0412 | Dreamcatcher

sundance_dreamcatcher3

I’m a fan of Kim Longinotto’s documentaries, and this one is probably the strongest that I’ve seen to date. It focuses on the inspirational outreach work of Brenda Myers-Powell, a former prostitute who is one co-founder of the Dreamcatcher Foundation, a not-for-profit organisation that offer support to prostitutes in Chicago while also working to prevent the sexual exploitation of at-risk youths in the city. It goes without saying that Myers-Powell’s work is of great value, and Longinotto accompanied her for ten weeks in 2013, following her into prisons and schools and filming as she met women working on the street. Many of those who Brenda meets during this documentary have suffered abuse at the hands of men; usually their pimps, boyfriends or family members (there are few complaints about customers, though I dare say it’s equally applicable). The scale of abuse is as depressing as it is startling, and Myers-Powell has first hand experience of it, having been badly beaten in her younger days both at home and on the street. In fact she regularly gets one of the men in question – her former pimp, now a reformed character and a sufferer of systematic abuse himself – to speak during her classes, and he is one of a few other figures that the director also focuses on during the film; the others include working prostitutes, former prostitutes who are now in prison and even Myers-Powell’s own family members. Throughout Longinotto is an unobtrusive presence, rarely heard and never seen; working with regular collaborator and editor Ollie Huddleston, she has made a successful portrait of a hugely empathetic, selfless and staunchly non-judgmental character, whose value to society is priceless, and you’re left wishing there were more people like Brenda Myers-Powell in the world. Hers is vital work, and this is a vital documentary.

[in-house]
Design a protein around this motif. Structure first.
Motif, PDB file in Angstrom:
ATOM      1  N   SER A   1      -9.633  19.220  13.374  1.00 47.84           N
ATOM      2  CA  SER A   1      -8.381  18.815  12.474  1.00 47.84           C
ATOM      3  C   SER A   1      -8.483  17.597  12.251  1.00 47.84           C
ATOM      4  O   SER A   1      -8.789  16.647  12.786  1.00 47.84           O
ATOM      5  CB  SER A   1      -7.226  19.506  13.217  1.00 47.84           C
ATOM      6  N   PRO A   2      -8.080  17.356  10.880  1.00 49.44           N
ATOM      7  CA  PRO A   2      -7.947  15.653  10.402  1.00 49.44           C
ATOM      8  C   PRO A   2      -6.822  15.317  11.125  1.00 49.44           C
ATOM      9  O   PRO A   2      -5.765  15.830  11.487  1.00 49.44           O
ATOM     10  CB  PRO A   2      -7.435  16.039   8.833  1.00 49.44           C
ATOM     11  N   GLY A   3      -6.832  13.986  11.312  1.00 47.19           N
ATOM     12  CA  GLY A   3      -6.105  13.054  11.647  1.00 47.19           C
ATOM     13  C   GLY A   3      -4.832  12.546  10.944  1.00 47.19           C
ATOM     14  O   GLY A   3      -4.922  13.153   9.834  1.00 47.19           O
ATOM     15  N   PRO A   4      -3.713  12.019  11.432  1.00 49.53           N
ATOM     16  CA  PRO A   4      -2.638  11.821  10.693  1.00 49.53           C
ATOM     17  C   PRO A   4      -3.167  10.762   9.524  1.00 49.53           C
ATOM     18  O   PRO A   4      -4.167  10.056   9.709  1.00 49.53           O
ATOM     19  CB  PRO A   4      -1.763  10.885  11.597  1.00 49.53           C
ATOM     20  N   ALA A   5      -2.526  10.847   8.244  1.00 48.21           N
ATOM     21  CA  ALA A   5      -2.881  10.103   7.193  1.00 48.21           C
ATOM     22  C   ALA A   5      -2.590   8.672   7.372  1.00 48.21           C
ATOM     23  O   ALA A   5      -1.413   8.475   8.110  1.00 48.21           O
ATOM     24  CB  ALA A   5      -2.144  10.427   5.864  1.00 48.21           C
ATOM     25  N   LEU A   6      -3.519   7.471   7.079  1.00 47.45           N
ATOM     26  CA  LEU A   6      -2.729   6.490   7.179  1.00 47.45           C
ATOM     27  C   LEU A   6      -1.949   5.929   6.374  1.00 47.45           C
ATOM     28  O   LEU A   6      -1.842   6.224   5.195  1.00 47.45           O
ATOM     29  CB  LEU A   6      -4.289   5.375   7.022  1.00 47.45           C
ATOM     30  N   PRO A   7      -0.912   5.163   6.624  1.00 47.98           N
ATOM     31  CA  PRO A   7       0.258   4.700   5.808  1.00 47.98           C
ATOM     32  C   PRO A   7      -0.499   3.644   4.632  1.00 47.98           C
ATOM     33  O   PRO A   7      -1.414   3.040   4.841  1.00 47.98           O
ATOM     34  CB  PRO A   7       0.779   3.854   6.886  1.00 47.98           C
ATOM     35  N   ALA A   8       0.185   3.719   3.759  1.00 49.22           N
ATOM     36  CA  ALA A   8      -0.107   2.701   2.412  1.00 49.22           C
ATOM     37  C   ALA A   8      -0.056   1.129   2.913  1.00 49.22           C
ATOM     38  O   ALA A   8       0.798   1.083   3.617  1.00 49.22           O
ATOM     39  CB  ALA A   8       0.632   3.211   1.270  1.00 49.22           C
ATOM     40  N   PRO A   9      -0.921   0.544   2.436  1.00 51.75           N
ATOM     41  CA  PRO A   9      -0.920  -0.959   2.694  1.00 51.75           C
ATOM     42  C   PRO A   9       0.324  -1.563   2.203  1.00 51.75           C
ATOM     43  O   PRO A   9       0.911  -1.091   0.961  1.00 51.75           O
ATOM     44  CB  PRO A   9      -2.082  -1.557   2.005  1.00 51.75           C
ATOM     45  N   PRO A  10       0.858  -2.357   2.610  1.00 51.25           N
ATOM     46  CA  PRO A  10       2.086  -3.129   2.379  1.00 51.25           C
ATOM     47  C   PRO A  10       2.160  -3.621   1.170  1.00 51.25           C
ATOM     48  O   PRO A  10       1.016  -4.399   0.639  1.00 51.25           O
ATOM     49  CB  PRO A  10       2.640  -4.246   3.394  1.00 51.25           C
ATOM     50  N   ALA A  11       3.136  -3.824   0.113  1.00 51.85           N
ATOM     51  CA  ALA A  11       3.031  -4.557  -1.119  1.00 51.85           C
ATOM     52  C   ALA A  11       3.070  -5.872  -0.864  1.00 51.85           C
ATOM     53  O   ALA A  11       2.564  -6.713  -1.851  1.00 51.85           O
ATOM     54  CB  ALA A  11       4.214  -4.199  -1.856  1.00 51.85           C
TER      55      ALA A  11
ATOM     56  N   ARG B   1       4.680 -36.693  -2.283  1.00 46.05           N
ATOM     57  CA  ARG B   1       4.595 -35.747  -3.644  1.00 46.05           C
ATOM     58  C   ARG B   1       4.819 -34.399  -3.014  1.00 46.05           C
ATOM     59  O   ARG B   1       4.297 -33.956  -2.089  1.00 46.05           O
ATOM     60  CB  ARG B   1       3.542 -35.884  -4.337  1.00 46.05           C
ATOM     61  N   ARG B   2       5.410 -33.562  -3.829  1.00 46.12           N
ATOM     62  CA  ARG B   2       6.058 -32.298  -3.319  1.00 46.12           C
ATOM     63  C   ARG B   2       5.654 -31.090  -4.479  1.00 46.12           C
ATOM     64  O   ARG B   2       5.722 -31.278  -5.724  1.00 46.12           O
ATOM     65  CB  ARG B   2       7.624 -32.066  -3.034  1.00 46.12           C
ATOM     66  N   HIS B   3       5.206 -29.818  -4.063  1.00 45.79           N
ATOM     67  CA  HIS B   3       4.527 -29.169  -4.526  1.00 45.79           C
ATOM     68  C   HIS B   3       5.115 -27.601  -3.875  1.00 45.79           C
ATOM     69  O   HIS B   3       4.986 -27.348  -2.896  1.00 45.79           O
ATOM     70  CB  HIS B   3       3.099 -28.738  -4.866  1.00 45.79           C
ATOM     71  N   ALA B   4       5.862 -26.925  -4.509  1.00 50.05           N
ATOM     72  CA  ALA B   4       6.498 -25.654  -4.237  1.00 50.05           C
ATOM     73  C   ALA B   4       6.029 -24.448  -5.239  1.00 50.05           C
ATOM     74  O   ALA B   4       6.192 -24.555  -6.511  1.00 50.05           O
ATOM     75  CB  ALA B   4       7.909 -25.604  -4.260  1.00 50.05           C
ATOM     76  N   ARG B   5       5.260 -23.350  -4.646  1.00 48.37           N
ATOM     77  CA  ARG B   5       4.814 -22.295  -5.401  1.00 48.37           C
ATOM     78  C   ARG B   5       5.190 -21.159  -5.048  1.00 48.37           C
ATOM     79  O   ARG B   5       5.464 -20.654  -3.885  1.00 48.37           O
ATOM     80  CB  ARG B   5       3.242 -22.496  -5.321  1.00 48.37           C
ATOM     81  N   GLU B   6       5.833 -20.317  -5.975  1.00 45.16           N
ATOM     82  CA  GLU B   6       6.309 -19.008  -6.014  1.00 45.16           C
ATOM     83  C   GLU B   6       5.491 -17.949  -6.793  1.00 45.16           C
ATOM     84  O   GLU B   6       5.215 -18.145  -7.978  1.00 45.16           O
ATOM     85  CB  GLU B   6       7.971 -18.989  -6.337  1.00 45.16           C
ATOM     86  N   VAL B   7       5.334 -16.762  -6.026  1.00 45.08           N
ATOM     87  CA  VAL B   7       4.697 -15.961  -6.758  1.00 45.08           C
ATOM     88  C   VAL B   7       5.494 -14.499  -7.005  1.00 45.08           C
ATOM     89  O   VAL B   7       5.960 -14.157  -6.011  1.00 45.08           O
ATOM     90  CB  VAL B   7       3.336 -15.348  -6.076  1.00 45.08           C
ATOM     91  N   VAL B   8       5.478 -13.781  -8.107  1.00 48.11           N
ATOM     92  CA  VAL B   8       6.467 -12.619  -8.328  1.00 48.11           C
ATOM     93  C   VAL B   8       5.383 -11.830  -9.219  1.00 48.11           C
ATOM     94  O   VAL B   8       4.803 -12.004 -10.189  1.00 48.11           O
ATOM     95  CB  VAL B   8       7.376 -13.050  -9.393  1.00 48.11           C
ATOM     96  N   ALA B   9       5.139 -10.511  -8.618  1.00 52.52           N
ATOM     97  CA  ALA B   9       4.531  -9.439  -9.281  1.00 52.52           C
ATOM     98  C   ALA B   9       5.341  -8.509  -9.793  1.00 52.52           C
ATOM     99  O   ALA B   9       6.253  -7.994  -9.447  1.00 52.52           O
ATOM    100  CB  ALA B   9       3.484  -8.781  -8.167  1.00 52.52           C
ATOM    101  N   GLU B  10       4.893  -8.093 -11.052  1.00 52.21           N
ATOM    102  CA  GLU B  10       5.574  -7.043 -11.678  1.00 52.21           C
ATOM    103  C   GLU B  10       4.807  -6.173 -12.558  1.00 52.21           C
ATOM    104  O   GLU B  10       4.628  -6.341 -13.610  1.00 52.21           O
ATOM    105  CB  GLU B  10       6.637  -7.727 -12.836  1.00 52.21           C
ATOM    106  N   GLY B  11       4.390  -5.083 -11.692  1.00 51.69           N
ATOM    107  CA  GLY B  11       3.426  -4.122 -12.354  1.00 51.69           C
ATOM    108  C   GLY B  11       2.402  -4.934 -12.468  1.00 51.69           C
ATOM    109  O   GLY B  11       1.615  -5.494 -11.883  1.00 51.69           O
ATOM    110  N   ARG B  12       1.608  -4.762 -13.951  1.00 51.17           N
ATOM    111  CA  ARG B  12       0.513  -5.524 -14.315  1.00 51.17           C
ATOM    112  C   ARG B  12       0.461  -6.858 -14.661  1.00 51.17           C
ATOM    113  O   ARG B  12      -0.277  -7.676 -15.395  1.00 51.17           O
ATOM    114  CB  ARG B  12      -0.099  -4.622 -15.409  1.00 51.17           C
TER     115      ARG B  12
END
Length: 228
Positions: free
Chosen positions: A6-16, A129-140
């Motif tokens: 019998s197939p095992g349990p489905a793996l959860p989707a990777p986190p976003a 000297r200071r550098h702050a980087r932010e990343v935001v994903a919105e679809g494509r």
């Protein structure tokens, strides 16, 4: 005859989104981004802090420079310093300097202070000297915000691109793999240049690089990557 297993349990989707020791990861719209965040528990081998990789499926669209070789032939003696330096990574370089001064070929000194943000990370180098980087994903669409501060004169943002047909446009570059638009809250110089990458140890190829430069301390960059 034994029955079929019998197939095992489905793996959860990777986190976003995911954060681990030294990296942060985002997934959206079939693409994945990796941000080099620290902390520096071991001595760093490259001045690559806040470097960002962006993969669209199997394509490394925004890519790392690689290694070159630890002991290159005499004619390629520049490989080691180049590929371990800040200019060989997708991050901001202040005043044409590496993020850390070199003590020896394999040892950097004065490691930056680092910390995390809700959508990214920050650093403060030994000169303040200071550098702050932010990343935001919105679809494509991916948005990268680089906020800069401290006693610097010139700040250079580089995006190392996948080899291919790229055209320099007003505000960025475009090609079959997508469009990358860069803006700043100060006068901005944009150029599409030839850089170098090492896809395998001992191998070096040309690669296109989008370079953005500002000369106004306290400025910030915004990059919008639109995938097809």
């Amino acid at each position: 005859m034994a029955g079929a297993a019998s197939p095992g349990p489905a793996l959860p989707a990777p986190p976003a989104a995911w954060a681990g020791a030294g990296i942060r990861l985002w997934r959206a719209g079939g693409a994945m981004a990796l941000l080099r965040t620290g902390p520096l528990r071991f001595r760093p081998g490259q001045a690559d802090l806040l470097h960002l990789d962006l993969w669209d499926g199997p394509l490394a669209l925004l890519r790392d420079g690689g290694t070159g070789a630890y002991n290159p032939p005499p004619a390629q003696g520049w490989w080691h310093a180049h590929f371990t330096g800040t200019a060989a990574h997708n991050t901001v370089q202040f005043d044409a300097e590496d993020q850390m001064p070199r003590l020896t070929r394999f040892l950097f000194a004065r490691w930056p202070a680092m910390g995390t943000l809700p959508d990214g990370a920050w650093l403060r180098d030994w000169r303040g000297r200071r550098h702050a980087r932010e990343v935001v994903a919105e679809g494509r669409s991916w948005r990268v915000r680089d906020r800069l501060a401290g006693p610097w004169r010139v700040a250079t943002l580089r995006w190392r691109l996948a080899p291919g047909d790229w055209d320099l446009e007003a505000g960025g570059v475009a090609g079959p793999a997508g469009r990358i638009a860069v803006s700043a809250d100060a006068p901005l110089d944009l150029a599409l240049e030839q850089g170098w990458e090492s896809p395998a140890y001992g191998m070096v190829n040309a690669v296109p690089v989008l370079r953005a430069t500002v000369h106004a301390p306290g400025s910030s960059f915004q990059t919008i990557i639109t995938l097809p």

Directed by: Kim Longinotto.
Starring: Brenda Myers-Powell.
Cinematography: Kim Longinotto.
Editing: Ollie Huddleston.
Certificate:
15.
Running Time:
 101 minutes.
Year:
2015.

Comments 2

Get in touch...

Please log in using one of these methods to post your comment:

WordPress.com Logo

You are commenting using your WordPress.com account. Log Out /  Change )

Google+ photo

You are commenting using your Google+ account. Log Out /  Change )

Twitter picture

You are commenting using your Twitter account. Log Out /  Change )

Facebook photo

You are commenting using your Facebook account. Log Out /  Change )

Connecting to %s